Too often we forget that words are the metaphoric paint by which we depict the universe, ourselves and what is going on. But is it not instructive to come to appreciate the metaphor and to learn how to use words in better ways to paint realities more true to form and in the ways that things are.
Unfortunately, many of us employ “cheap,” hackneyed and grotesquely empty tools of our trade. Many of us become bogged down in stereotypes, unproductive phrases, “tired” express-isms and verbal renditions poorly thought out.
One of my pet peeves is the use of names for “colors” be it pink, yellow or whatever, with the speaker hardly realizing that many eyes can see literally thousands of each (namesake). We forget that the apparent color of anything we see is determined, in large part, by the kind(s) of light(s) bearing down (or up) onto the object; the angle of incidence, matters of reflectivity, texture, etc.
Many of us are entrenched and buried in vocabularies punctuated by polar opposites (good-bad; light-dark; strong-weak) and or with meaningless utterances such as “gone viral” (as with all the speed of a sponge) or the word "crazy” which is used with such banality as to have lost all meaning.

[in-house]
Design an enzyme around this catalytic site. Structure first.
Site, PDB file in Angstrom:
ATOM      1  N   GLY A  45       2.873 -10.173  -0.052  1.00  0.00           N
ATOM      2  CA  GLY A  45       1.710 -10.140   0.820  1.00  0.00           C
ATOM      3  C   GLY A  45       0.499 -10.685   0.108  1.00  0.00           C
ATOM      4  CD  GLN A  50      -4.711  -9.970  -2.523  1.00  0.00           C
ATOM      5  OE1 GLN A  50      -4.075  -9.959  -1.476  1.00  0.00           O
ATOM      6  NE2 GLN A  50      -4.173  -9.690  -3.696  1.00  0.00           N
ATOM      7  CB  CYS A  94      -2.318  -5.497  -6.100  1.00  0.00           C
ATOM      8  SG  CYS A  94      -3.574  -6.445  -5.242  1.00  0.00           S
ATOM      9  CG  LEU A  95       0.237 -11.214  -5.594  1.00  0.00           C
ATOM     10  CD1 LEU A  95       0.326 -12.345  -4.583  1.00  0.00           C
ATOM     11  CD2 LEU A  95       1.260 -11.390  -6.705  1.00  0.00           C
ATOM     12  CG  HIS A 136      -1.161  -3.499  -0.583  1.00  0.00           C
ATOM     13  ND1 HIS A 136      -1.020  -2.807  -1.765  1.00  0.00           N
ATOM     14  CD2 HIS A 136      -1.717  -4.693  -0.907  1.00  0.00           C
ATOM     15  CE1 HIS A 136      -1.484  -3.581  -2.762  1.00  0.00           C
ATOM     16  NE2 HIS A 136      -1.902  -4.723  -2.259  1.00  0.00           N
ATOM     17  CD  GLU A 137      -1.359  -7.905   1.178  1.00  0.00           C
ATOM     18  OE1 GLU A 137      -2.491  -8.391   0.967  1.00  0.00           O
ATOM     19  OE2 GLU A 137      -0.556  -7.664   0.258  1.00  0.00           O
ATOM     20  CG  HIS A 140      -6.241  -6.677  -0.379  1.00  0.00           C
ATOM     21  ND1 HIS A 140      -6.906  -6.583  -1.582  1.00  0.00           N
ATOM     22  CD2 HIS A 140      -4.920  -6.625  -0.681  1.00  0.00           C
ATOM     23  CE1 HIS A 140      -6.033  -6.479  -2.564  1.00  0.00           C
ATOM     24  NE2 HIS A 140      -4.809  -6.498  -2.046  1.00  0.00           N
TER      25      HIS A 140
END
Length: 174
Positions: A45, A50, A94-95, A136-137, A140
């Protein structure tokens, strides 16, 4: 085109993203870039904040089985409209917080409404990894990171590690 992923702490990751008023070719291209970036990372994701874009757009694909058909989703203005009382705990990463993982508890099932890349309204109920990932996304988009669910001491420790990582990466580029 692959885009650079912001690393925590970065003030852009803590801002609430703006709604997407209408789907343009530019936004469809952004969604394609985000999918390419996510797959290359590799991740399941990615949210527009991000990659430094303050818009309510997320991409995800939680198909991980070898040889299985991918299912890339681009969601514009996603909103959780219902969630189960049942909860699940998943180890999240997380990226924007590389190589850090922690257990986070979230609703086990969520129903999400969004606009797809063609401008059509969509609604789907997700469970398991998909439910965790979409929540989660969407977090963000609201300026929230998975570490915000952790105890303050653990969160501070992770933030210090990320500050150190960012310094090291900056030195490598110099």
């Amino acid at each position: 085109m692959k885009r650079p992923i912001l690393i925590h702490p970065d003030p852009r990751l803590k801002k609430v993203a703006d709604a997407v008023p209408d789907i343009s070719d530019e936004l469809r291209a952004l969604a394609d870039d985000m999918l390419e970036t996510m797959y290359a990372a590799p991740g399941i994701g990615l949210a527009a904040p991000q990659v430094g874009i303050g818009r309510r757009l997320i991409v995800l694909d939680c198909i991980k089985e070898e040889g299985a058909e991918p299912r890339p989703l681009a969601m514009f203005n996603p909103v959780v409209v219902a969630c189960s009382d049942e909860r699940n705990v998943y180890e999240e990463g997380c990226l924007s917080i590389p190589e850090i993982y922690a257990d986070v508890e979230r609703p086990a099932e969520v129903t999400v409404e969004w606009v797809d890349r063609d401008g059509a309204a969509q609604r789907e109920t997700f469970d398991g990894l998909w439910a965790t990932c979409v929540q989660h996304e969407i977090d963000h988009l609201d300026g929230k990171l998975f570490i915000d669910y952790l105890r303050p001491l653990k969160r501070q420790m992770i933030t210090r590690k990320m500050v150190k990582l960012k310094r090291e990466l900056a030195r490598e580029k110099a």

Few of us intuit that we have no way of proving whether any of us see the same thing when seemingly looking at the same vistas. (I grow weary of those silly narrators who describe painting by suggesting that no matter where an observer stands, that the character embedded in a scene, is looking right at each member of the audience and not realizing that it could not be any other way.)
When we think we see and pretend to see, how many of us begin to "garble” and recite stereotypes, categories and rubrics of what we see. If we see a landscape, we may remark at the hay loft, the barn, horses and pond, forgetting that there are mere “empty” words which contribute nothing but a menage of categories and stereotypes.